An Arts Major and Published Indie Author who writes on various subjects pertaining to Humanities.
Of all the celebrated female figures immortalized in the Pre-Raphaelite art movement, Fanny Ainswhite Eaton remains very special and more so than any other muse. Androgynous and beautiful, Fanny’s refined Caribbean features would come to inspire some of the most famous artists of the Victorian Era. In time, art critics would come to recognize her as one of the foremost art models of her time.
Eaton's story is important. Not only does she have a rightful place among these other models, but her life and visual presence also epitomize the 'Other' in Victorian society.
— Roberto C. Ferrari, Curator of Art Properties at Avery Architectural & Fine Arts Library, Columb
Jamaican Immigrant of African Descent
Fanny Antwistle Eaton was born in St. Andrew, Surrey, Jamaica in 1835, to Matilda Foster, an unwed former plantocracy slave of African descent. Some researchers have theorized that following the Great Jamaican Slave Revolt of 1831-32, and the emancipation of slaves in 1833, Foster like many others given freedom, sought a better life elsewhere because of poor labor conditions. By the 1840s, census records show mother and daughter, migrating to England.
According to art curator and researcher Roberto C. Ferrai, both were living in London at the address 9 Steven’s Place in the parish of St. Pancras. Matilda’s choice to migrate to London had been a wise decision in that she had elevated her family’s standing in life, given the racial tension that remained stewing in Jamaica after a tumultuous decade of insurrection and uncertainty.
Fanny's Modeling Career at the Royal Academy of Arts
Fanny may have had very little hope. Growing up a multi-racial child was a challenge given strict Victorian standards which frowned at out-of-wedlock children. Yet at sixteen, she hired on as a servant. It’s no wonder that in 1857, she ended up marrying James Eaton, a proprietary horse cab driver. With a husband to help provide with better circumstances, she soon adjusted to marriage and motherhood, and to help make ends meet she hired herself out as an independent cleaning woman. However, it’s assumed that the work paid very little and with the worries of a growing family, she needed to supplement her family’s income. Hence, one reason she started modeling for artists at the Royal Academy of Arts.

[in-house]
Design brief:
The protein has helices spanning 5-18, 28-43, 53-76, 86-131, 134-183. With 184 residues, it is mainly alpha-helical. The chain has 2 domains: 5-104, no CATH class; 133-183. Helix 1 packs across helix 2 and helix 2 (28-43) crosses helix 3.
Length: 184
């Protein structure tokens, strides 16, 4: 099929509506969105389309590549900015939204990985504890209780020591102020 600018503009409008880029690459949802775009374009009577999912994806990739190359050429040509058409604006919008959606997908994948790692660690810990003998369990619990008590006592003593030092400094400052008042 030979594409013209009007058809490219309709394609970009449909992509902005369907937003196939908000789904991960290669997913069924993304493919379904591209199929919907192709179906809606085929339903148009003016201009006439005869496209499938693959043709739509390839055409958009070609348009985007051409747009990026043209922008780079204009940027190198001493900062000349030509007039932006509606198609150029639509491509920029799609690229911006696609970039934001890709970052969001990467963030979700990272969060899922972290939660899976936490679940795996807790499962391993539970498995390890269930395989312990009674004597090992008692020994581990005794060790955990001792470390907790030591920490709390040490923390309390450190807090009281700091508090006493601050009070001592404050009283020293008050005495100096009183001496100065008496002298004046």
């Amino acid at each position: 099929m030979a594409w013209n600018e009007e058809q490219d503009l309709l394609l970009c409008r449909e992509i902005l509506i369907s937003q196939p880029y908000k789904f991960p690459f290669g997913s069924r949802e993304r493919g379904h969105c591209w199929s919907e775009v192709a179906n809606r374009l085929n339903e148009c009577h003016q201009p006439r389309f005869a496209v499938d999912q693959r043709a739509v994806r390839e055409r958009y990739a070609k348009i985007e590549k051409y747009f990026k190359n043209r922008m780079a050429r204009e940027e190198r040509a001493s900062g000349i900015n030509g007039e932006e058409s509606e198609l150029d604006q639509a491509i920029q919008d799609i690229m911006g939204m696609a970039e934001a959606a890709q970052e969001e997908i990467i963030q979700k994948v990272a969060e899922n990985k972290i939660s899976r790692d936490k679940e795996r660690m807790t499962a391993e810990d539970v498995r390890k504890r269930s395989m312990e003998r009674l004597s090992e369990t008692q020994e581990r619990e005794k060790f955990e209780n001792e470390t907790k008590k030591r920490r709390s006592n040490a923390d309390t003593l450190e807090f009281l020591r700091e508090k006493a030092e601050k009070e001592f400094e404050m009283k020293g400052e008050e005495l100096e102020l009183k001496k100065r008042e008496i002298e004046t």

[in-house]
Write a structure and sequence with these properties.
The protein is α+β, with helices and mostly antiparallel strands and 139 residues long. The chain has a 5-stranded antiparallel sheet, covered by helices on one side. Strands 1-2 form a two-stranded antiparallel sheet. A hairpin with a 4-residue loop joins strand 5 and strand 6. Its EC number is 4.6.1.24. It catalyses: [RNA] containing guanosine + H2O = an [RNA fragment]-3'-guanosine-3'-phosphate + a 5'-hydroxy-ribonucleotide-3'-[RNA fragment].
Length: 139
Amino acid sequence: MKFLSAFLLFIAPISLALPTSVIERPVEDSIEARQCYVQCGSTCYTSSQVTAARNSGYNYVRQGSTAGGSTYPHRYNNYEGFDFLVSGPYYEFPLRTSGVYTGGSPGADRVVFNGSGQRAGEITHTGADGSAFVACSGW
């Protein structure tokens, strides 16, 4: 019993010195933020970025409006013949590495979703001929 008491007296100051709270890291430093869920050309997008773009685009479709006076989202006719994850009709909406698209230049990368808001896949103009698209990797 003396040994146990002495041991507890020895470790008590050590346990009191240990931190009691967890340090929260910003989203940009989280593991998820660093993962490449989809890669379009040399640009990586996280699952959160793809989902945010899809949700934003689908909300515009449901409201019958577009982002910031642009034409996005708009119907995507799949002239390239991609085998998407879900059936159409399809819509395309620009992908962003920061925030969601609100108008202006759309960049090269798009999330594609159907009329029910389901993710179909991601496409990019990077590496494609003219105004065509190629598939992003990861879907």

It’s not known for certain how Fanny first came across her modeling position at the arts academy. It’s also possible that she might have worked in the home of someone associated with the arts who envisioned her potential. According to Ferrari, a more plausible scenario was through her association with Jewish artist Simeon Solomon who first captured her unique face on canvas in the painting The Mother of Moses which premiered in 1861 to the public.
. . . having a very fine head and figure—a good deal of Janey.
— Dante Gabriel Rossetti, describing Eaton's likeness to androgynous art model Jane Burden Morris
Androgynous Appeal Reigns Supreme